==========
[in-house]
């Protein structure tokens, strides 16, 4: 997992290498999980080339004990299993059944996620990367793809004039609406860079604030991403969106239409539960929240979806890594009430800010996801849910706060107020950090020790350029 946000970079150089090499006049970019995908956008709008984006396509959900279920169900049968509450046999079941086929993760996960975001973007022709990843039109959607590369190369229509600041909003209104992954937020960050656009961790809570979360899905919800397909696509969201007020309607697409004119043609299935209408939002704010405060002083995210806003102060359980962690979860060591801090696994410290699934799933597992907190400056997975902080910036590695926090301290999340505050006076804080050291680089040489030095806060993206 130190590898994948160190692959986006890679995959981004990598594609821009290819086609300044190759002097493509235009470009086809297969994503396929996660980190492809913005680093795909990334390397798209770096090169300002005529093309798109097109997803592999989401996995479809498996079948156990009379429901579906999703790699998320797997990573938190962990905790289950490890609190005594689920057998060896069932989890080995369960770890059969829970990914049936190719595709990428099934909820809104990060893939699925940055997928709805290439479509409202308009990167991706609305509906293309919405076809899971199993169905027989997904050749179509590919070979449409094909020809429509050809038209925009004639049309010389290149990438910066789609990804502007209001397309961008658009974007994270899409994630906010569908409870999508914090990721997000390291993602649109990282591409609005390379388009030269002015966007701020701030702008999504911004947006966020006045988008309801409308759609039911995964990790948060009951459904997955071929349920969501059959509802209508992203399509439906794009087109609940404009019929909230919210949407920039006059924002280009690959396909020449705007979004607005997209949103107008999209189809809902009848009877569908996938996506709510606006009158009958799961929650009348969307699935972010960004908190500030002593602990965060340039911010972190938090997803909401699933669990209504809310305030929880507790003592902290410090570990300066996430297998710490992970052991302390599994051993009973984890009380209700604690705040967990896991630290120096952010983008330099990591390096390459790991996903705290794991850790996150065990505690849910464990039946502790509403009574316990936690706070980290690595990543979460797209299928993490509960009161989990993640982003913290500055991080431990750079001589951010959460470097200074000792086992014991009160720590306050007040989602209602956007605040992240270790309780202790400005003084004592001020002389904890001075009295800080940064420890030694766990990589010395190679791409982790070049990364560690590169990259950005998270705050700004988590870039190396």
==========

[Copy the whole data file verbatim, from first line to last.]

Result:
[in-house]
């Protein structure tokens, strides 16, 4: 997992290498999980080339004990299993059944996620990367793809004039609406860079604030991403969106239409539960929240979806890594009430800010996801849910706060107020950090020790350029 946000970079150089090499006049970019995908956008709008984006396509959900279920169900049968509450046999079941086929993760996960975001973007022709990843039109959607590369190369229509600041909003209104992954937020960050656009961790809570979360899905919800397909696509969201007020309607697409004119043609299935209408939002704010405060002083995210806003102060359980962690979860060591801090696994410290699934799933597992907190400056997975902080910036590695926090301290999340505050006076804080050291680089040489030095806060993206 130190590898994948160190692959986006890679995959981004990598594609821009290819086609300044190759002097493509235009470009086809297969994503396929996660980190492809913005680093795909990334390397798209770096090169300002005529093309798109097109997803592999989401996995479809498996079948156990009379429901579906999703790699998320797997990573938190962990905790289950490890609190005594689920057998060896069932989890080995369960770890059969829970990914049936190719595709990428099934909820809104990060893939699925940055997928709805290439479509409202308009990167991706609305509906293309919405076809899971199993169905027989997904050749179509590919070979449409094909020809429509050809038209925009004639049309010389290149990438910066789609990804502007209001397309961008658009974007994270899409994630906010569908409870999508914090990721997000390291993602649109990282591409609005390379388009030269002015966007701020701030702008999504911004947006966020006045988008309801409308759609039911995964990790948060009951459904997955071929349920969501059959509802209508992203399509439906794009087109609940404009019929909230919210949407920039006059924002280009690959396909020449705007979004607005997209949103107008999209189809809902009848009877569908996938996506709510606006009158009958799961929650009348969307699935972010960004908190500030002593602990965060340039911010972190938090997803909401699933669990209504809310305030929880507790003592902290410090570990300066996430297998710490992970052991302390599994051993009973984890009380209700604690705040967990896991630290120096952010983008330099990591390096390459790991996903705290794991850790996150065990505690849910464990039946502790509403009574316990936690706070980290690595990543979460797209299928993490509960009161989990993640982003913290500055991080431990750079001589951010959460470097200074000792086992014991009160720590306050007040989602209602956007605040992240270790309780202790400005003084004592001020002389904890001075009295800080940064420890030694766990990589010395190679791409982790070049990364560690590169990259950005998270705050700004988590870039190396």